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Posts Tagged ‘chrysalis’

When the freeze warnings hit Florida I knew the location of two Monarch chrysalises, which created a dilemma. The last time this situation came up the freeze was shortlived, and most important, I had my husband and granddaughters in the house that night. That was important because, as some of you know, I would be scared silly (yes, silly) with butterflies flitting around in my house. No worry as long as I had someone to take the Monarch out if it hatched overnight. It did. The broken branch was in a vase in my closed office so the cats would not harm it. That morning I opened to door to find him hanging onto the opened chrysalis. I quickly woke H-1 and she grabbed the branch and ran it outside to finish drying and fly away. We did not know where it was in this process. It was not far from flight as it turned out.

So back to the present. Not only did I not have aid, the freeze was to last almost two weeks. Releasing a fresh hatchling into that kind of temperature would probably have been sure death anyway. That fact salved my conscience as I covered the plants and reconciled the butterflies’ plight with nature.

Over the course of a week, I peeked at the one bright green womb with the brilliant gold crown. It had darkened and continued to darken long past it’s due date. Nature had taken care of the situation. Or so I thought. . .

This morning I spot a bright flutter in the driveway. It couldn’t be. It was. The Monarch was still wet from birth and the rain that had just stopped, but was trying to dry out. He looked fully formed and perfect. I was shocked. The sun was shining and wind blowing strong, so he would do just fine.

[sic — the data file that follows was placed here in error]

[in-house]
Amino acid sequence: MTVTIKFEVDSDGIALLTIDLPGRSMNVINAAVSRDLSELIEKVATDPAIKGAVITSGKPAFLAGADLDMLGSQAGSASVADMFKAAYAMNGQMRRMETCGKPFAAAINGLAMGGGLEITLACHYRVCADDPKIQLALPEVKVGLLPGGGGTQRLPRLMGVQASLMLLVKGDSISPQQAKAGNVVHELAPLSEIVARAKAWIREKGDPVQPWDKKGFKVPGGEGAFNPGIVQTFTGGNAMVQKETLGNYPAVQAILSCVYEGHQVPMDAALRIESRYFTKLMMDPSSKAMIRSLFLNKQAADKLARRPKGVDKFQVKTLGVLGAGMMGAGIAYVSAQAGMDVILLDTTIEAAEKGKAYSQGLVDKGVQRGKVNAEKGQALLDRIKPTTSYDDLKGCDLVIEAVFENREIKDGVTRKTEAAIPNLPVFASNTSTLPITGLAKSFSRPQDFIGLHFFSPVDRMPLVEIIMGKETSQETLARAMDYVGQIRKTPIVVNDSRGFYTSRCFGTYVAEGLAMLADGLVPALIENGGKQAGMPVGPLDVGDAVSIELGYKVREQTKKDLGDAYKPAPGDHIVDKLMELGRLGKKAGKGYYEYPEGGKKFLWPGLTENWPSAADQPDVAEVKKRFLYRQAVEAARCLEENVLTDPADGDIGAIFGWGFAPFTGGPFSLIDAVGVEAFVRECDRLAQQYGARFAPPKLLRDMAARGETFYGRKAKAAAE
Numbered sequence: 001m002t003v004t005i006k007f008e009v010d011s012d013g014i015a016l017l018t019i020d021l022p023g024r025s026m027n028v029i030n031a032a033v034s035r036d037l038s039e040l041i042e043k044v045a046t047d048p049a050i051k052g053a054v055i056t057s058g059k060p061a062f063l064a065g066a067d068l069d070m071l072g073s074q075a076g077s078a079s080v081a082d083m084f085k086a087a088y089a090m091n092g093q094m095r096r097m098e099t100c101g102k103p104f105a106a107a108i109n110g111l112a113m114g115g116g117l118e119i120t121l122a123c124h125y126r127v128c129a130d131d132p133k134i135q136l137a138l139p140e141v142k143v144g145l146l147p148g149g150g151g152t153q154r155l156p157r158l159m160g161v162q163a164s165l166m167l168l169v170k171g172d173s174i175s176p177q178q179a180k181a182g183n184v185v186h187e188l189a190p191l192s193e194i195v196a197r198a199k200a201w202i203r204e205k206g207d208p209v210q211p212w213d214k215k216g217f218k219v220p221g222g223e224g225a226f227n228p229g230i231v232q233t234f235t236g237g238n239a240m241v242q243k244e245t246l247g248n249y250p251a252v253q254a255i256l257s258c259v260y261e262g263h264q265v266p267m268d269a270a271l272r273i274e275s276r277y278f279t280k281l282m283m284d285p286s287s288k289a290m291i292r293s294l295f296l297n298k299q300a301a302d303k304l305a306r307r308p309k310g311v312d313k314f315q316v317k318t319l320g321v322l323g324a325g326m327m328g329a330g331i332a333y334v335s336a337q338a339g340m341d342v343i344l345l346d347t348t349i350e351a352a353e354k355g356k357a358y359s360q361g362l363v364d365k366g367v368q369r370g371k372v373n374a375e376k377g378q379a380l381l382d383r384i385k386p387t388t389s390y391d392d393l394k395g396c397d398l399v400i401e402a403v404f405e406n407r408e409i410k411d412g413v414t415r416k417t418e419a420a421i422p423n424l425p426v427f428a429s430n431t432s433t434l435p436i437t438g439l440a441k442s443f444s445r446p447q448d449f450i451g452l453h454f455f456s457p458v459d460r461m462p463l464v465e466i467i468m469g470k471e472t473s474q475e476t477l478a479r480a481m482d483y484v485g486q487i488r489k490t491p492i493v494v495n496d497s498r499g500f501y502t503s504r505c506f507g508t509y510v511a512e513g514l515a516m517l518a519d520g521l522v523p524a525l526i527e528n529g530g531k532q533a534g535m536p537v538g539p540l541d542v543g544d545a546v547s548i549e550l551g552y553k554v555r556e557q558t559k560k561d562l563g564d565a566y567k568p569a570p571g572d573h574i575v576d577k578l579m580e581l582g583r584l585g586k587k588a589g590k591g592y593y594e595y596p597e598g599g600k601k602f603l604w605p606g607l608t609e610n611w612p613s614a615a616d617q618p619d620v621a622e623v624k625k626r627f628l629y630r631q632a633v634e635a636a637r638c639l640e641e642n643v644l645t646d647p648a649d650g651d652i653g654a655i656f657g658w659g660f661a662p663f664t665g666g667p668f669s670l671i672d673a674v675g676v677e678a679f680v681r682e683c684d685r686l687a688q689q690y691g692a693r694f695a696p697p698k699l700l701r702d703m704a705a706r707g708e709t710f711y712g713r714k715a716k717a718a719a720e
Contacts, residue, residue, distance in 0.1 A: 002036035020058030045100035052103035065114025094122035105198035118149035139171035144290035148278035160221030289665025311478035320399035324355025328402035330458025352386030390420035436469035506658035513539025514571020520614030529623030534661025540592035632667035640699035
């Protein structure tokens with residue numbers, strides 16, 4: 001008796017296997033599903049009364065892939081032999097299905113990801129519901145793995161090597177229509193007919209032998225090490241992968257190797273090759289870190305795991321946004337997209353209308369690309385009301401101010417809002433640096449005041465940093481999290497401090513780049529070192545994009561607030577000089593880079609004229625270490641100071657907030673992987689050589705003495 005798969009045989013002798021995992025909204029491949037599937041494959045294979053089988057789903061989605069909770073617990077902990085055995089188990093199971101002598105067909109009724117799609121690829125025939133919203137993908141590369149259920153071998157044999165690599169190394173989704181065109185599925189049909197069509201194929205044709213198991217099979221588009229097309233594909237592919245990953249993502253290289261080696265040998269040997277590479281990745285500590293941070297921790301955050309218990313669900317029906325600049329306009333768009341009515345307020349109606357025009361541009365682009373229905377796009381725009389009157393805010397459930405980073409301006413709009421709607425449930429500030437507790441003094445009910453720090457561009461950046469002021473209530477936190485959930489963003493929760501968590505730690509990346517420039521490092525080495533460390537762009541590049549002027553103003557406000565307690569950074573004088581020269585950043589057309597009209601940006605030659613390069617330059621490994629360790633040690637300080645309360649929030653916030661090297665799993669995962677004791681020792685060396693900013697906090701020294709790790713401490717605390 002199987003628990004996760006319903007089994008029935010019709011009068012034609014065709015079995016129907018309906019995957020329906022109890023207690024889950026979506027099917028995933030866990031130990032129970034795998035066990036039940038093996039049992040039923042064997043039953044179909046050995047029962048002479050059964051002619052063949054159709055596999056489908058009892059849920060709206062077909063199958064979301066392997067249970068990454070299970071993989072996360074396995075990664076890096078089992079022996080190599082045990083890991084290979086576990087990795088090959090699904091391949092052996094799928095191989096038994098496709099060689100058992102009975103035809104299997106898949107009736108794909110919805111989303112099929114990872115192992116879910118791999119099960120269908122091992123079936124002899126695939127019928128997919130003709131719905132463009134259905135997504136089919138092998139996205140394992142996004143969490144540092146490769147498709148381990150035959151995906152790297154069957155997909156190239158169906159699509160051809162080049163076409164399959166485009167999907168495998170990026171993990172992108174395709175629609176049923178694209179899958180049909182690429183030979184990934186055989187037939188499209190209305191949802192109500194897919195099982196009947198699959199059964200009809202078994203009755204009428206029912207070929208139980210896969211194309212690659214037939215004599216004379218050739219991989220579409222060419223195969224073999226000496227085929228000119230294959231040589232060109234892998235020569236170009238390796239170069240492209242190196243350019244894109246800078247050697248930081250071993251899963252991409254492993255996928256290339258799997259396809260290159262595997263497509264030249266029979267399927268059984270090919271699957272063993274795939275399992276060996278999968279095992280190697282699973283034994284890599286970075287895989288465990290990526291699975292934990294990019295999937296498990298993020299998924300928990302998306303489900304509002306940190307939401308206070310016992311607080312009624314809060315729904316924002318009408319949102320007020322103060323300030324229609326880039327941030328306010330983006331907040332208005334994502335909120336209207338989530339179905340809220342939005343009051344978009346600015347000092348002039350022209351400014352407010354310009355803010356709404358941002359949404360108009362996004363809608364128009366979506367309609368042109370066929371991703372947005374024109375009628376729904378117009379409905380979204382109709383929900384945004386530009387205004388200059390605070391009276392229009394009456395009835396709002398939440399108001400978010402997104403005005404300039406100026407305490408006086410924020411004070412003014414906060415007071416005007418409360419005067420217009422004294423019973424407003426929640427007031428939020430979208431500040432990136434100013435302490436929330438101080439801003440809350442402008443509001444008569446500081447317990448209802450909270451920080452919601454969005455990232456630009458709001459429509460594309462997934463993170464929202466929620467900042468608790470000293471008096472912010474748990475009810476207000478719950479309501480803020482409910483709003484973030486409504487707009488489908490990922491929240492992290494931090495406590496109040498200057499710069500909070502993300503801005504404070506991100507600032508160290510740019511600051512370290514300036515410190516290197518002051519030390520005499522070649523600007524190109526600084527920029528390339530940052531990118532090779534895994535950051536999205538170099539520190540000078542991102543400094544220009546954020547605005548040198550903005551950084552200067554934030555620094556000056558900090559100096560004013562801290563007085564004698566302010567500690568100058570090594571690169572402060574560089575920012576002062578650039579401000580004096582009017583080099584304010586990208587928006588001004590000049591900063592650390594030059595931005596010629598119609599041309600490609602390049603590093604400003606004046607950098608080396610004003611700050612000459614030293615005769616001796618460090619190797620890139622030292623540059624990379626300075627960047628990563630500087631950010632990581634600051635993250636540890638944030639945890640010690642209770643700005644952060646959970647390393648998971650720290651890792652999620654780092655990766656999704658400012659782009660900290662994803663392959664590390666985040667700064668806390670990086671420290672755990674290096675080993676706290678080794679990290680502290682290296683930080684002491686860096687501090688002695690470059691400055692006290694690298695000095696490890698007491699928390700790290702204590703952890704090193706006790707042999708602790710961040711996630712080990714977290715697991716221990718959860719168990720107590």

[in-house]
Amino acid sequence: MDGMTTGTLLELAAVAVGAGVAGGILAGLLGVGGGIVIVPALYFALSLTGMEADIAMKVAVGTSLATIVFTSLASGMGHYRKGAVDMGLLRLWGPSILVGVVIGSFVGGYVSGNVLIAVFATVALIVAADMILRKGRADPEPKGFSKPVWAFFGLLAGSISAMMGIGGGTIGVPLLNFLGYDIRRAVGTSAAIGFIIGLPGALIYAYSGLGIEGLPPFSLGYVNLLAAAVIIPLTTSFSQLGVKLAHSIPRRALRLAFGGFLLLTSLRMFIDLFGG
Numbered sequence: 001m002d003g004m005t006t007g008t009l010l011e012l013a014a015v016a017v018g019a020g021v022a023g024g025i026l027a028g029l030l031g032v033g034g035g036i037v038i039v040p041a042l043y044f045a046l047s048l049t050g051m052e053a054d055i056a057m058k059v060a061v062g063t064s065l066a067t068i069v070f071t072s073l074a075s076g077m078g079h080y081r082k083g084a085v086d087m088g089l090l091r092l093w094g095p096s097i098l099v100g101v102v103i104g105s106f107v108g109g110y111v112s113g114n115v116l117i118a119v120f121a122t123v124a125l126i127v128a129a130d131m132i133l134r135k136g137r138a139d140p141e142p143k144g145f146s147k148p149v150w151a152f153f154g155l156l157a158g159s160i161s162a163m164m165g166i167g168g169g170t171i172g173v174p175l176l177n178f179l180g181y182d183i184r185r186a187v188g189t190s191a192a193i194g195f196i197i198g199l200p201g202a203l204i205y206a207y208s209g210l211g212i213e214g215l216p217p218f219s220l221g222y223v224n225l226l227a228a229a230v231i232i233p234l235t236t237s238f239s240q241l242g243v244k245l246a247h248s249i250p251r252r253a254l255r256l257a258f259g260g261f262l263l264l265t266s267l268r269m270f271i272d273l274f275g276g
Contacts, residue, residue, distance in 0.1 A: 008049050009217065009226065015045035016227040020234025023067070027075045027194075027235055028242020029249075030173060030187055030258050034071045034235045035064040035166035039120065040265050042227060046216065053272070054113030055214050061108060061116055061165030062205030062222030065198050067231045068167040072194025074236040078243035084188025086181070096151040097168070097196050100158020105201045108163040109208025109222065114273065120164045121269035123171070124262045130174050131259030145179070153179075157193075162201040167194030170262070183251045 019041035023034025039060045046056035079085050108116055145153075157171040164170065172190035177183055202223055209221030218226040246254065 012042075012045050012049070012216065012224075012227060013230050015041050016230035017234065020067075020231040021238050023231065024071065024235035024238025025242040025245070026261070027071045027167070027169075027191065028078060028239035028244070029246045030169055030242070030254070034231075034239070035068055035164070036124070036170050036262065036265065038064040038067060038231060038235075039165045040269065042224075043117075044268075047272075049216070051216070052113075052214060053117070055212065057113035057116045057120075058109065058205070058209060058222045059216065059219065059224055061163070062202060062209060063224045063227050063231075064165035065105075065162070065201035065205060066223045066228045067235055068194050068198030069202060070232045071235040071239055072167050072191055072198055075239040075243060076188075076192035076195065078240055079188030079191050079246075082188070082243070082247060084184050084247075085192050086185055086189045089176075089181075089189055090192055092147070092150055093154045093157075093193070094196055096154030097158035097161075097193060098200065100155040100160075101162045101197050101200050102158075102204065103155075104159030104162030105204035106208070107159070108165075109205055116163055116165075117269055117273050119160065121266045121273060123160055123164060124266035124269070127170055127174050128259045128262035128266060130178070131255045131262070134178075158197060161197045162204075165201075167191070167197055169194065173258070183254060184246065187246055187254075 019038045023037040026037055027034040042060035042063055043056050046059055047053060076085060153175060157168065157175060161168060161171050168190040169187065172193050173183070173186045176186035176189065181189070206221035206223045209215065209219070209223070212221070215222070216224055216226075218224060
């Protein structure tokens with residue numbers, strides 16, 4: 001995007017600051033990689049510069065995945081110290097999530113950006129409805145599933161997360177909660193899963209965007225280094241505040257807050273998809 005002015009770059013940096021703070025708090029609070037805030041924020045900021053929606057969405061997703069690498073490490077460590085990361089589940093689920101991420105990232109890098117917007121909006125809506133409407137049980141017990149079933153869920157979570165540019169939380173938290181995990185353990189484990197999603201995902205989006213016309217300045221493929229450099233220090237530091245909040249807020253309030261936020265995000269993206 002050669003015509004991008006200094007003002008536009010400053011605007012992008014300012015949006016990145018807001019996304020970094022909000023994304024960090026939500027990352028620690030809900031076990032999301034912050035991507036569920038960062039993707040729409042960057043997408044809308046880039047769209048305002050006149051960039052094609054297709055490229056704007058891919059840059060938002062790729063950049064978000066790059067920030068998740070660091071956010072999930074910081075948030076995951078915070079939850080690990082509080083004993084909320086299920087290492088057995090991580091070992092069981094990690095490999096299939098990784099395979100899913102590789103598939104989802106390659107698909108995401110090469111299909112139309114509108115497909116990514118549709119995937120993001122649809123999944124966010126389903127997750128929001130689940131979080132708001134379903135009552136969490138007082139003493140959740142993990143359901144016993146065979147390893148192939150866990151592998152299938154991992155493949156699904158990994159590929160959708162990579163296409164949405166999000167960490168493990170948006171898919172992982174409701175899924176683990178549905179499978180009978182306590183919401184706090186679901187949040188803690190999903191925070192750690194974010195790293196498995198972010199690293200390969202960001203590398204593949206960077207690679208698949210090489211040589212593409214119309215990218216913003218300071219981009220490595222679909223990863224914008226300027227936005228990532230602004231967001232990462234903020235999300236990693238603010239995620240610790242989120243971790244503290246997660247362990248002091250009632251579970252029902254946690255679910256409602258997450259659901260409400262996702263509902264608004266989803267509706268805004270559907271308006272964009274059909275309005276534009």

And now to check the freeze browned plant for signs of life in the leaves. There were a few green ones left at the bottom, but the real sign of life was another chrysalis, darkened and ready to soon release another butterfly. This is long past their normal gestation. I can only surmise that nature held onto the little creatures until the weather was hospitable. Now the challenge is for them to find a proper plant to live on. That is going to be a challenge for sure, but they have gotten this far so I have to think they’ll make it.

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This morning before coffee even, I had to check on our chrysalis. Last night it had just begun to turn transparent, so I was not expecting to see this colorful guy handing there drying his wings, evacuating fluid, but there he was. We do think he is larger than others. After all he was a fat fellow after feeding on the broad leaf milkweed. He also¬†attached himself to the leaf. That did not work out so well, as it turned yellow, then dropped to the ground. This is where friends come in. We wedged him in another bush. The leaf shriveled more. We wedged it again. It shrank and fell again. Clothespin to the rescue. It all worked out in the end, but we are sure he emerged, looked around and said, “How the heck did I get over here?”

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